Victoria Mary Clarke – Journalism

Articles & Interviews

How To Appear Posh

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I wrote this to help anyone who has very little cash but would like to appear posh.  Copyright Victoria Mary Clarke 2010-

The royal family are great ones for scandal.  The late Queen Mum (allegedly) refused to purchase a telly for her castle in Scotland, and not only did she insist on a rented one (do they still rent tellys?) but the rented one was extremely old, and may even have been black and white and the VCR that went with it often didn’t work.  Truly shocking.

I regularly watch a programme called ‘How the Other Half Live’ in which very poor people are helped out financially by very rich people.  But never in any of the episodes have the poor people been without at least one proper colour telly, and none of them would still use a VCR, they would have a DVD player.

I am very fortunate to have a lot of posh friends, and having spent time staying in their houses, I can testify that the Queen Mum was not alone in her frugality.   Which begs the question, now that few of us can still afford the trappings of the nouveau riche,  perhaps it is about time we stopped trying to look rich and tried to seem posh instead?

I started out in life with the distinct advantage of having lived in houses with no heating, and collapsing roofs, while eating boiled eggs for lunch with Georgian silver spoons.  I could have been a contender.  But as soon as I left home and discovered central heating and my colour telly, my bourgeois bones revealed themselves, and now I am so spoiled I don’t stand a chance.  Being posh is an extreme challenge, on every level.

To begin with, one must entirely reverse the generally accepted notion that having nice, new, expensive things makes you socially superior.  One must drive the most clapped out car that one can find.  My friend Marina Guinness ( an ideal role model for this game) never fails to point out how modern my car is.  The height of luxury, she calls it.  I know that this is clearly not a compliment, and I cringe at my own bad taste, but I did really try.  I paid less than a grand for it and it’s a 1995 reg.  Everyone where I live in D4 drives 2010 models, and looks down their noses at me.  I snigger, because they will never, ever be posh.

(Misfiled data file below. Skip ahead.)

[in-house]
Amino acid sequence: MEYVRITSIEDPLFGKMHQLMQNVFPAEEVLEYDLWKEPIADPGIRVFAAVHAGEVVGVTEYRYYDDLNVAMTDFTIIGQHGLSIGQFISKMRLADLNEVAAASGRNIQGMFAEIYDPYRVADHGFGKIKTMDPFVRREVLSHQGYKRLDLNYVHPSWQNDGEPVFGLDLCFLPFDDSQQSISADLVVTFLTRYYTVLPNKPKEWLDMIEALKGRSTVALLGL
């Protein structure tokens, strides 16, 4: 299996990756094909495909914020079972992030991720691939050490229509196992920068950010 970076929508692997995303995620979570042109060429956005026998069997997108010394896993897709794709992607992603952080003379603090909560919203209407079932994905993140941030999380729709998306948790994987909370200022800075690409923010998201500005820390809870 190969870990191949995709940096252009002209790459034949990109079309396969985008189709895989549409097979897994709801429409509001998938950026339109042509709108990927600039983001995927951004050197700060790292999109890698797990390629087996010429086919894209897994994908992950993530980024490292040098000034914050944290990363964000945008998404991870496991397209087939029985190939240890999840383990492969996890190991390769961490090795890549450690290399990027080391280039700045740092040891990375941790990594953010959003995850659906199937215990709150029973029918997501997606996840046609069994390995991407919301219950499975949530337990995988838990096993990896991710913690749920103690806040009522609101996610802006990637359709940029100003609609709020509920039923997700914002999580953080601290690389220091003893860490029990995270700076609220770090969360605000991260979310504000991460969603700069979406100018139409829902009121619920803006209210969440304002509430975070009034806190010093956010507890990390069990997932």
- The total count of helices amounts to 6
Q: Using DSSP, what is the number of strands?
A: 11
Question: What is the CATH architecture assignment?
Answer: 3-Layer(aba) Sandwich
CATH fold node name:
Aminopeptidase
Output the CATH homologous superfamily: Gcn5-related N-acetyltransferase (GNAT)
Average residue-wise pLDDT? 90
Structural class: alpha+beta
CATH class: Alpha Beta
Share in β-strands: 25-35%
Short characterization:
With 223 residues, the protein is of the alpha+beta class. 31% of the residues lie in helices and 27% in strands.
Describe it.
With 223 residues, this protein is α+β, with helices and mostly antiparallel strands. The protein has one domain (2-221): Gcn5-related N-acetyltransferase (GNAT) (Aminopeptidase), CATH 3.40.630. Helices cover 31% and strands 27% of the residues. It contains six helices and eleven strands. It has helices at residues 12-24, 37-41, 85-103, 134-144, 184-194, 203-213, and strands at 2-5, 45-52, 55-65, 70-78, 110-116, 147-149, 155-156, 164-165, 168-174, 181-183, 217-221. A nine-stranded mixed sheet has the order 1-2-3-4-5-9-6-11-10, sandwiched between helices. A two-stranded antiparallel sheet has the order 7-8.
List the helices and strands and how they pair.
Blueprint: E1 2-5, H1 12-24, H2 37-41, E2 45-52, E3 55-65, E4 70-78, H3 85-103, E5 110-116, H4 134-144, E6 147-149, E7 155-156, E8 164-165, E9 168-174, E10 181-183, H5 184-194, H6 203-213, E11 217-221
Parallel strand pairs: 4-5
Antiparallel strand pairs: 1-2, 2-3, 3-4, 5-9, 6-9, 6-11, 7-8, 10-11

But the car is only the tip of the iceberg.  A properly posh person should never, ever buy new furniture, carpets, curtains or appliances, or indeed anything new at all, (except perhaps very cheap biscuits).

New houses are a total give away.  If one has not inherited a crumbling mansion with no heating, one should rent the dampest, coldest, draughtiest, most cluttered and dusty house one can find, preferably with a few holes in the roof, and immediately acquire a wet dog.  All of this makes one sneeze and shiver and quickly die out, if one is a member of the lower orders.  Many’s the time that I have gone to bed in a posh house only to take the carpet off the floor during the night, for a bit of warmth.  At one house I was informed that they were turning on the hot water especially for my visit, although they wouldn’t be putting on the heating.  At another one the butler brought us three or four blankets for our knees while he served us afternoon tea in the library, which might as well have been the fridge.

Another aspect of posh-ness that I struggle with is clothing and general grooming.  I adore new clothes, especially expensive ones.  But for the very posh it is unthinkable to purchase new clothes. Princess Anne recently recycled a dress she wore twenty years ago, and all posh kids wear hand me downs, a thing that would mortify normal children.  The posh uniform is very easy.  For everyday wear, one should have old jeans and a jumper with a lot of holes in.  For parties, something that one found in the attic.

The more money one spends on make up, fake tan, high-lights and such like, the more common one will appear.  Being told you look frightfully glamorous (as I often am) is not good, although if you are Jasmine Guinness you are allowed red lipstick.   Sir Jack Leslie still wears all the suits he had made in his twenties. Unlike Sir Jack, I would not be able to fit into the clothes I had in my early twenties, because I am not sufficiently frugal with my portions.

The lifestyle of the very posh is undeniably challenging, but the benefits are enormous.  If you cultivate a nice loud, bored-sounding aristocratic monotone, you may begin to feel it a badge of honour to have lost the family home, and you will never, ever be ashamed of having last year’s handbag.

The only real stumbling block is the social niceties.  Posh people, unlike most of us, are careful with their cash, but they are exceptionally lavish with their compliments.  While you may be standing there wondering if your make up is smudged, they will be loudly announcing to everyone in earshot that you are simply the most charming person they ever met.  And sounding like they mean it.

And that’s not easy.

Author: Victoria Mary Clarke - Media Coach

I am a holistic Media Coach, helping passionate, heart centred entrepreneurs who genuinely want to make the world a happier place by sharing their work with the world. I have been a journalist/author/broadcaster for over 20 years and I use a unique mixture of Angel channelled guidance and energy work, presentation/voice coaching, Life Coaching and practical advice to get you out there with clarity, confidence and charisma!

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